Publication Type

Journal Article

Version

Postprint

Publication Date

12-2016

Abstract

A firm’s corporate social responsibility (CSR) practice and its country’s legal origin are strongly correlated. This relation is valid for various CSR ratings coming from several large datasets that comprise more than 23,000 large companies from 114 countries. We find that CSR is more strongly and consistently related to legal origins than to “doing good by doing well”-factors, and most firm and country characteristics such as ownership concentration, political institutions, and degree of globalization. In particular, companies from common law countries have lower level of CSR than companies from civil law countries, and Scandinavian civil law firms assume highest level of CSR. This link between legal origins and CSR seems to be explained by differences in ex post shareholder litigation risk as well as in stakeholder regulations and state involvement in the economy. Evidence from quasi-natural experiments such as scandals and natural disasters suggest that civil law firms are more responsive to CSR shocks than common law firms, and such responsiveness is not likely driven by declining market shares following the shock.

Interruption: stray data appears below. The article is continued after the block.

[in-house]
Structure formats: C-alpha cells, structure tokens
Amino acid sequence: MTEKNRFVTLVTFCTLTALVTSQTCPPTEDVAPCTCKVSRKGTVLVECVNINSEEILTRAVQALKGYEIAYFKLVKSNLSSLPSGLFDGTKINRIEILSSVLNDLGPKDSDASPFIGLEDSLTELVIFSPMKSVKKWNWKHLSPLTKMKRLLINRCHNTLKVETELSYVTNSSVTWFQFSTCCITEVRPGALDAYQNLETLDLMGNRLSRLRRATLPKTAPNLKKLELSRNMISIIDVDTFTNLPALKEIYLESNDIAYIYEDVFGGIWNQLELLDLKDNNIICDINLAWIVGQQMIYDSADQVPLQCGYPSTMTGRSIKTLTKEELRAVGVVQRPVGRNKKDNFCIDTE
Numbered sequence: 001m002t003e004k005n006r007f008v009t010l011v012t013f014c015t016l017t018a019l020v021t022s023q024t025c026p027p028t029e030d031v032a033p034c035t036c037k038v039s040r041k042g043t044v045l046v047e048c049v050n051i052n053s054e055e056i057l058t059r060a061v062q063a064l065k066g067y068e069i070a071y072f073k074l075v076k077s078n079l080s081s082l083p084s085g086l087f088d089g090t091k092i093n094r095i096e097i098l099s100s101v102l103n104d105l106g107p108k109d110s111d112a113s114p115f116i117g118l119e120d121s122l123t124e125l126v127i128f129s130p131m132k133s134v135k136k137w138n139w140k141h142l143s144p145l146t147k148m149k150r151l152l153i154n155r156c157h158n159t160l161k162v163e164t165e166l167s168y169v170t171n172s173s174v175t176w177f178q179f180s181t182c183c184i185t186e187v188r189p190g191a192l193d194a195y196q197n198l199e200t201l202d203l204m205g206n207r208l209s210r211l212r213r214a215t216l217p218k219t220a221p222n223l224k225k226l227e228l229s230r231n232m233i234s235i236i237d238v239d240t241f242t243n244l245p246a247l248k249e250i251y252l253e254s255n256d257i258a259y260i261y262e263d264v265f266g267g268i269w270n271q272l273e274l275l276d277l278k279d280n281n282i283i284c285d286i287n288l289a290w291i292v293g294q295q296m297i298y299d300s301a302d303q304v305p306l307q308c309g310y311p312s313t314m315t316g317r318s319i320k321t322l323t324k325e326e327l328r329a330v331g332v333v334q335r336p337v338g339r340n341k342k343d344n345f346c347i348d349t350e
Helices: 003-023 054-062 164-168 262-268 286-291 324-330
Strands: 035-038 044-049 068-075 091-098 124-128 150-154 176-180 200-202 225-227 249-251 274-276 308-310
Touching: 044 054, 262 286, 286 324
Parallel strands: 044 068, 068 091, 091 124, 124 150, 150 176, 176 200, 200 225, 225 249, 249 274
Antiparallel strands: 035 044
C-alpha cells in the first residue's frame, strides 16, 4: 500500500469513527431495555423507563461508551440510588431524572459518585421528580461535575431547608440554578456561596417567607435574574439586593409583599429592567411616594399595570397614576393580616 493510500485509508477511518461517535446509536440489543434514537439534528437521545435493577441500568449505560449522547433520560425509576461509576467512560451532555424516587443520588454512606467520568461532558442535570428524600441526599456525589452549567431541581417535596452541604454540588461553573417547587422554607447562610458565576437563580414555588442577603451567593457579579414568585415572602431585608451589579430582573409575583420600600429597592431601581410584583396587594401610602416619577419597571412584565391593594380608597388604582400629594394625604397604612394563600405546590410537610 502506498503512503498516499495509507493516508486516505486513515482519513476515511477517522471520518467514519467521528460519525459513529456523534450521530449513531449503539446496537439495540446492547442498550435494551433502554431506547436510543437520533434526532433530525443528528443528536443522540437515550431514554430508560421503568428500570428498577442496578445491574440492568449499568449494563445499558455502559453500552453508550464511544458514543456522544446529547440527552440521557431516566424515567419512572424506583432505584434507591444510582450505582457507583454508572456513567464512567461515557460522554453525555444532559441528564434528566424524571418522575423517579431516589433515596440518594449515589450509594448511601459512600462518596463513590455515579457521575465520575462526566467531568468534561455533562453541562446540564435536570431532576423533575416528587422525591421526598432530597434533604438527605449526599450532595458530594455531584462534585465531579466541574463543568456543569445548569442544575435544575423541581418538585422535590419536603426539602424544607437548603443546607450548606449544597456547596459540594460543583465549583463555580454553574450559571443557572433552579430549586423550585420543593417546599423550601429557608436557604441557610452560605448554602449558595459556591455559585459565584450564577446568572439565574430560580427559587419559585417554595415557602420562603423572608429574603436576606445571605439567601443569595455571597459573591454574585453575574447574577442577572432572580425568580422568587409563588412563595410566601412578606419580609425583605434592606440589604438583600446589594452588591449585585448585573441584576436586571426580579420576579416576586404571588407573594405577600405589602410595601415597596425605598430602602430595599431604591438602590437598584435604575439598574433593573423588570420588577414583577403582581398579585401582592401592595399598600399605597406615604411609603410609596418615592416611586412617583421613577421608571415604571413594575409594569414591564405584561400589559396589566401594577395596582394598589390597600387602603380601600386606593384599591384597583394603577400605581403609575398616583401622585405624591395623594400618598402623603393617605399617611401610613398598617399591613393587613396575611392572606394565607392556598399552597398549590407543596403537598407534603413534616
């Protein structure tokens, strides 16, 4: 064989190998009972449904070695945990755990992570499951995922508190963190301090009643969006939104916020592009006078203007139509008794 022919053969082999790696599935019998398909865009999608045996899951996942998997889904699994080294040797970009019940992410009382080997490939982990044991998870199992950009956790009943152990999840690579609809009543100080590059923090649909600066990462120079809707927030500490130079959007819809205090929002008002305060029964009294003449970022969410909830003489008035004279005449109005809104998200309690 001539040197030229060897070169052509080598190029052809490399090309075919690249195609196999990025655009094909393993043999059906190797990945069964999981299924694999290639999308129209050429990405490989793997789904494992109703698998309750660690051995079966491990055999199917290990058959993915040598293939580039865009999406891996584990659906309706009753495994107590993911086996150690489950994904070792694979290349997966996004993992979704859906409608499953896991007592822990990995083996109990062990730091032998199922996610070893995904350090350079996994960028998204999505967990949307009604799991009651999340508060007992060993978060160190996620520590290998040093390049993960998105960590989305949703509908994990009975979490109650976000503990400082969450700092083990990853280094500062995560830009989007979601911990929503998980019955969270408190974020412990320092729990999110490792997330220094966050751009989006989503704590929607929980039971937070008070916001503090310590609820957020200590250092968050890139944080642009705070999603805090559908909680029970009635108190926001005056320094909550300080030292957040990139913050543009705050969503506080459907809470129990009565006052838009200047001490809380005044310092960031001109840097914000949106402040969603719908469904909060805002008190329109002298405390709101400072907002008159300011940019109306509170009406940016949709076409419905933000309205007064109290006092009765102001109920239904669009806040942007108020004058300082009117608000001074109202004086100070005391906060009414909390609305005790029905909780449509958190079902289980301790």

Keywords

Corporate social responsibility, legal origins, stakeholder orientation, firm value

Discipline

Business Law, Public Responsibility, and Ethics | Corporate Finance

Research Areas

Finance

Publication

Journal of Finance

Volume

72

Issue

2

First Page

853

Last Page

910

ISSN

0022-1082

Identifier

10.1111/jofi.12487

Publisher

Wiley: No OnlineOpen

Copyright Owner and License

Authors

Creative Commons License

Creative Commons Attribution-Noncommercial-No Derivative Works 4.0 License
This work is licensed under a Creative Commons Attribution-Noncommercial-No Derivative Works 4.0 License.

Additional URL

http://doi.org/10.1111/jofi.12487

Comments

Accepted for Publication in July 2016; Available online on December 6, 2016; Published in April 2017

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